Nadig: Tread Lightly In Bank-Loan ETFs

March 13, 2014

Bank-loan funds are worth a look, but make sure it’s a close look.

There are a lot of headlines about the dangers of bank-loan funds and the investor rush. But let’s separate fact from fiction.

The PowerShares Senior Loan Portfolio (BKLN | B) and the SPDR Blackstone / GSO Senior Loan ETF (SRLN | B) have been hot tickets lately. BKLN has pulled in nearly $1 billion this year already.

It’s easy to understand why. There are two sources of risk in bonds that investors are compensated for with yield. The first is duration risk—you get paid more to loan someone money for a long time than overnight. The second is credit risk—you get paid more to loan money to my crazy Uncle Ivan than you do to Warren Buffett. Most bond investments are a blend of the two sources of risk.

On one end of the spectrum you have Treasurys, which effectively remove all of the credit risk. So the various maturities, from overnight to 30 years, are “pure” duration compensation.

And at the other end, you have floating-rate debt issued to shaky companies. That’s what these ETFs invest in. Because the notes being held by the funds are reset every 90 days, generally, the idea is that you’re getting pure exposure to the credit side of the risk, but not taking on very much duration risk. You expect your coupon payments to go up when interest rates rise.

If you’re going to invest in junk bonds for yield, the theory goes, why not get some protection from the Fed along the way?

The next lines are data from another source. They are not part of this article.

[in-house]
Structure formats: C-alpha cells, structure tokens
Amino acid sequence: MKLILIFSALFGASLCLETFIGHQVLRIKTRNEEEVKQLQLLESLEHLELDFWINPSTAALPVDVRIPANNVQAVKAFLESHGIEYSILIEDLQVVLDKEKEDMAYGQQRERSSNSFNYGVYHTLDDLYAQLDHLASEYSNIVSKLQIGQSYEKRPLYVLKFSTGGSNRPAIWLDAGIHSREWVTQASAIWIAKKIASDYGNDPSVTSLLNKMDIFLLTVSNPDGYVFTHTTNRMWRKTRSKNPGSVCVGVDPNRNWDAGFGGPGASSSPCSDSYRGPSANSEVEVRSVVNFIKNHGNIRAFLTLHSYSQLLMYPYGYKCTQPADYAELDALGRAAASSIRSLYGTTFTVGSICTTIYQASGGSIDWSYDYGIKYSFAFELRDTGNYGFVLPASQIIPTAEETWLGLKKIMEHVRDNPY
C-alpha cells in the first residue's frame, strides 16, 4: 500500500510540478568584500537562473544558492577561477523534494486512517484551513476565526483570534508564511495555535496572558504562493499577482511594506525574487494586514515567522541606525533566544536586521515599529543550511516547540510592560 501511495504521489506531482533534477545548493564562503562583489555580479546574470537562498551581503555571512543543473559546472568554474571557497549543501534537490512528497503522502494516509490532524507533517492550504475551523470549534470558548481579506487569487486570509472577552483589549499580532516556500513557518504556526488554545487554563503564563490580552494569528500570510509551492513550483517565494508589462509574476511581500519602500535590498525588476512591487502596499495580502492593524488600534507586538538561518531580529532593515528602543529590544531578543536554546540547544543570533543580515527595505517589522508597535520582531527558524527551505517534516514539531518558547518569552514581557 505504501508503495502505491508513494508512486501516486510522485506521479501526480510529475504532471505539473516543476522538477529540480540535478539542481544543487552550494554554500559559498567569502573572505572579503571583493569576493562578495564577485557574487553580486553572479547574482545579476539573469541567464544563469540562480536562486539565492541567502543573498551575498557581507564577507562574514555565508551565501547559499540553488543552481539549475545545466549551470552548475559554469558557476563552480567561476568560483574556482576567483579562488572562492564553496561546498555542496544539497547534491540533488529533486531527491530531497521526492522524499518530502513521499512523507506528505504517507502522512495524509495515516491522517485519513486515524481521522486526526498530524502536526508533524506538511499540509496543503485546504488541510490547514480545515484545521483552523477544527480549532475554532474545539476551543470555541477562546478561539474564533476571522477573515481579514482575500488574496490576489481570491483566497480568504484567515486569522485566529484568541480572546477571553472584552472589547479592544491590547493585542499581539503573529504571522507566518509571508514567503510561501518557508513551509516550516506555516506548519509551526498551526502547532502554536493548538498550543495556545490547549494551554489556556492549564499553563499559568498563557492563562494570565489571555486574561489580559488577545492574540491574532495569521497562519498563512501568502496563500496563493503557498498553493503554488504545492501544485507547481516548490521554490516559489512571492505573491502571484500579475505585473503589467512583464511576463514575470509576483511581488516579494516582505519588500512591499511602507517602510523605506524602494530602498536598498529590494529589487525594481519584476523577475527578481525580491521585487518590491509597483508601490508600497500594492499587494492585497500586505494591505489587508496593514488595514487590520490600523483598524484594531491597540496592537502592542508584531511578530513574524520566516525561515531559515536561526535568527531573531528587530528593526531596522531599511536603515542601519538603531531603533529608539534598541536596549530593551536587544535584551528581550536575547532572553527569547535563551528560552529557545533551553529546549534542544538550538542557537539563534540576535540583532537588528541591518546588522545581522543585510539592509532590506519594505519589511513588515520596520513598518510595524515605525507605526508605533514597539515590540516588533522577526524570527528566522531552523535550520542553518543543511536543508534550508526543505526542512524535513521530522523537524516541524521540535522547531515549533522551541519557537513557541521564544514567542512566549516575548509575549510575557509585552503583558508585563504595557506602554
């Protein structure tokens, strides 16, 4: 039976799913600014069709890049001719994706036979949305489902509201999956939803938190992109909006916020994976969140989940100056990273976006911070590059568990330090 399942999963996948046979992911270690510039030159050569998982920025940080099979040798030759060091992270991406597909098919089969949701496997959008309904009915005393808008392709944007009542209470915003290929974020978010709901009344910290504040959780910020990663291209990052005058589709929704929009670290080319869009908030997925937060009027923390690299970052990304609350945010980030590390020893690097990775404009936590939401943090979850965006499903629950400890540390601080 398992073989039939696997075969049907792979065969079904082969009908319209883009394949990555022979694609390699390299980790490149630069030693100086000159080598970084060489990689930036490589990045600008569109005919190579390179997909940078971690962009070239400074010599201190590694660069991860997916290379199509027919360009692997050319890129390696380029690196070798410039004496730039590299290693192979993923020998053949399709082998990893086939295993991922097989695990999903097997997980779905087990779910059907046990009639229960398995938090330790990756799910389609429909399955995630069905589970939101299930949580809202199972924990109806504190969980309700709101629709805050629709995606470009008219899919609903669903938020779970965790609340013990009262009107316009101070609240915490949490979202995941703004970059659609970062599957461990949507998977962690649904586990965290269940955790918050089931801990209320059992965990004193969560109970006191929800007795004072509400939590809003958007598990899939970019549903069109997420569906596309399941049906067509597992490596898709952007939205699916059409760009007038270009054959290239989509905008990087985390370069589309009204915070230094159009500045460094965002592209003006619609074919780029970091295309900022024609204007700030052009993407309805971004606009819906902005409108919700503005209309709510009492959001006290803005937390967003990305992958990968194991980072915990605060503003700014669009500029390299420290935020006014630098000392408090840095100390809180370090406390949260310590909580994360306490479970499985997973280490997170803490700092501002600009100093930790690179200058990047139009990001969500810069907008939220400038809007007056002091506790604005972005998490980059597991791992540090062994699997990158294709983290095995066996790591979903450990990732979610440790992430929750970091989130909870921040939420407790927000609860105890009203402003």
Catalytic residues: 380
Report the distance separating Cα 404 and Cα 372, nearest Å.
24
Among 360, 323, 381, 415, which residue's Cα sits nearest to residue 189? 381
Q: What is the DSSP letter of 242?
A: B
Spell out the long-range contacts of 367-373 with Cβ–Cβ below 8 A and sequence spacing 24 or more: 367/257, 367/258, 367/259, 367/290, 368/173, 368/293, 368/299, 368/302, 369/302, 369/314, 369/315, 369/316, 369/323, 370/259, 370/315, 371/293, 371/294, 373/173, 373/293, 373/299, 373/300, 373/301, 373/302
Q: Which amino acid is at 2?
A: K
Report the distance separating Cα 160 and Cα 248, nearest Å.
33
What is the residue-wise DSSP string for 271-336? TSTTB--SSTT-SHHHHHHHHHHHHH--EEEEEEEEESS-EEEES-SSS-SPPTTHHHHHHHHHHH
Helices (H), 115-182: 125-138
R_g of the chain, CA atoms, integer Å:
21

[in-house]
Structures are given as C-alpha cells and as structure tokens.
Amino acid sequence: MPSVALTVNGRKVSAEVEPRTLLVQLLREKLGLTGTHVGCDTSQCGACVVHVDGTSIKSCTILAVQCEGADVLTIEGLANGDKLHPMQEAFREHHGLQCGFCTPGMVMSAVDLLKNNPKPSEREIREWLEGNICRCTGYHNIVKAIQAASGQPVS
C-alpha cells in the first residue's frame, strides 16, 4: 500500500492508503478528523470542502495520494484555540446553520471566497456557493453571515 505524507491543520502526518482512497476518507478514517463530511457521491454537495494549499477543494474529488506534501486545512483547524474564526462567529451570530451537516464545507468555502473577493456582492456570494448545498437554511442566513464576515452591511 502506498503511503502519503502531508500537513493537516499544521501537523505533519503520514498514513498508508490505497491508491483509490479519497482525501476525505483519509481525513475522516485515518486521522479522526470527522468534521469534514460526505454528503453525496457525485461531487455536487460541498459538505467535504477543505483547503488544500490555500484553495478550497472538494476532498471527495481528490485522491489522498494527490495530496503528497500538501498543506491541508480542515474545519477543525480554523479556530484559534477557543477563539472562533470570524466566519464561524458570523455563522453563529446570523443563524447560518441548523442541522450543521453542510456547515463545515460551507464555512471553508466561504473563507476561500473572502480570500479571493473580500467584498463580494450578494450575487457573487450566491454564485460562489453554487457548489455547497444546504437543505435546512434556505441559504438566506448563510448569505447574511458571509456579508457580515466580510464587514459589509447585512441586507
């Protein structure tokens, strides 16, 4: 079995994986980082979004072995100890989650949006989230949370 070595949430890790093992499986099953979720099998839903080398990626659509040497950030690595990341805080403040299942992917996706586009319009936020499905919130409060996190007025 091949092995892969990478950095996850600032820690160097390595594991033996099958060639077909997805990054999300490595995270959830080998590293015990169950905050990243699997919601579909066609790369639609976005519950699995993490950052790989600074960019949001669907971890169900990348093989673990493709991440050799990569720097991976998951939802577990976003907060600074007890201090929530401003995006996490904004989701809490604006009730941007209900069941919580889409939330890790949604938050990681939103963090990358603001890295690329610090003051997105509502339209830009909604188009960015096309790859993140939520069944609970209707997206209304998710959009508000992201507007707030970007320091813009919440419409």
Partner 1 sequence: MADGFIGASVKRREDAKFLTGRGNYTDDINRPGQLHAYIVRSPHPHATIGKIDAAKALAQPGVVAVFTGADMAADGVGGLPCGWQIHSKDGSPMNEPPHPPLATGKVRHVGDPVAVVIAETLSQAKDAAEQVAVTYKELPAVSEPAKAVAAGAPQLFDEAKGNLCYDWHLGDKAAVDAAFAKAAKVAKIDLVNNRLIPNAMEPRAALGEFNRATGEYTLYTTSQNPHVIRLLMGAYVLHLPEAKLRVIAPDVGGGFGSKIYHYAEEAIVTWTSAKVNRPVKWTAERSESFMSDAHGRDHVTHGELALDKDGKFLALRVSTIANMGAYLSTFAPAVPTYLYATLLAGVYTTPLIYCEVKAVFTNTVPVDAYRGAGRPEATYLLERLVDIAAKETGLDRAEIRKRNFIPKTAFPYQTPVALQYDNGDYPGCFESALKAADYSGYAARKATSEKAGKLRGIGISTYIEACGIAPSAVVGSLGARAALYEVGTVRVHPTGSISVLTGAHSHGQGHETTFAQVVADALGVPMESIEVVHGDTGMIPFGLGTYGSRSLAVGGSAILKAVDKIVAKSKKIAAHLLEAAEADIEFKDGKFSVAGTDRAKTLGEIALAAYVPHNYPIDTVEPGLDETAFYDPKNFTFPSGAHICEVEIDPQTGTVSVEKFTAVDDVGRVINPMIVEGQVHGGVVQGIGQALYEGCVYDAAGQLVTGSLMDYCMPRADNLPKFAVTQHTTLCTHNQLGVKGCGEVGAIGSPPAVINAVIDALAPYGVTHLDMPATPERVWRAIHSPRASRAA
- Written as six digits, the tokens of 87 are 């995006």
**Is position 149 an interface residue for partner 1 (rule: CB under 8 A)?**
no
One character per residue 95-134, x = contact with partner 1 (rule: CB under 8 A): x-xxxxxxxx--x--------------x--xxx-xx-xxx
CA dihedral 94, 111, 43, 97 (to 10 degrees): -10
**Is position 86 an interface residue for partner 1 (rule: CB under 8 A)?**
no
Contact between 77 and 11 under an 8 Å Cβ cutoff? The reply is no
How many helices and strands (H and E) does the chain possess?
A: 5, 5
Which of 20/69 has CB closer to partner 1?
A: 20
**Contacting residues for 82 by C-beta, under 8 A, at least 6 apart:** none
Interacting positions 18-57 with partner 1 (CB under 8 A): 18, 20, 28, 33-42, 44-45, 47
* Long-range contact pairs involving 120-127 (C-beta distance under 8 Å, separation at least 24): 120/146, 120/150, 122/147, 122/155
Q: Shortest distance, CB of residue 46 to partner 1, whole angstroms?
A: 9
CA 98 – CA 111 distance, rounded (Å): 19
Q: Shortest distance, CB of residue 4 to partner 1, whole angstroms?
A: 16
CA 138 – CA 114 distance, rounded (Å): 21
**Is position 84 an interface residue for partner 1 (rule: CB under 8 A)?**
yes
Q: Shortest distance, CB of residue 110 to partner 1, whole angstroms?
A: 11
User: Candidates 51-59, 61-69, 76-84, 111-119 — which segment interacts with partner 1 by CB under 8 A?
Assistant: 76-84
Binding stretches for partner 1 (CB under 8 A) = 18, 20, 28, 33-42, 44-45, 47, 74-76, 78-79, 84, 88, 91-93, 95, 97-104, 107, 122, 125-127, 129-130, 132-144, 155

It’s a good theory, but there are some rather enormous caveats.

The first is that a lot of these loans don’t actually just march in lock step with Libor.

Most have a floor—usually 1 percent right now—that Libor has to pass before any adjustments happen. With three-month Libor hovering around 0.25 percent right now, that’s a rather enormous interest-rate hike you need to see before you get one penny more yield than the 4 percent you’re getting today on the average bank loan in these portfolios.

The second caveat is that you can kind of kiss your understanding of “credit risk” goodbye.

The companies issuing floating-rate debt here are rated anywhere from B to C to “unrated” (shudder).

Both funds have a heavy concentration in the middle of the range, which is to say, BB and B rated. That in itself doesn’t seem all that junky. By comparison, the SPDR Barclays High Yield ETF (JNK | B-61) has most of its portfolio in bonds rated B and lower.

But default rates on bank loans swing all over the place.


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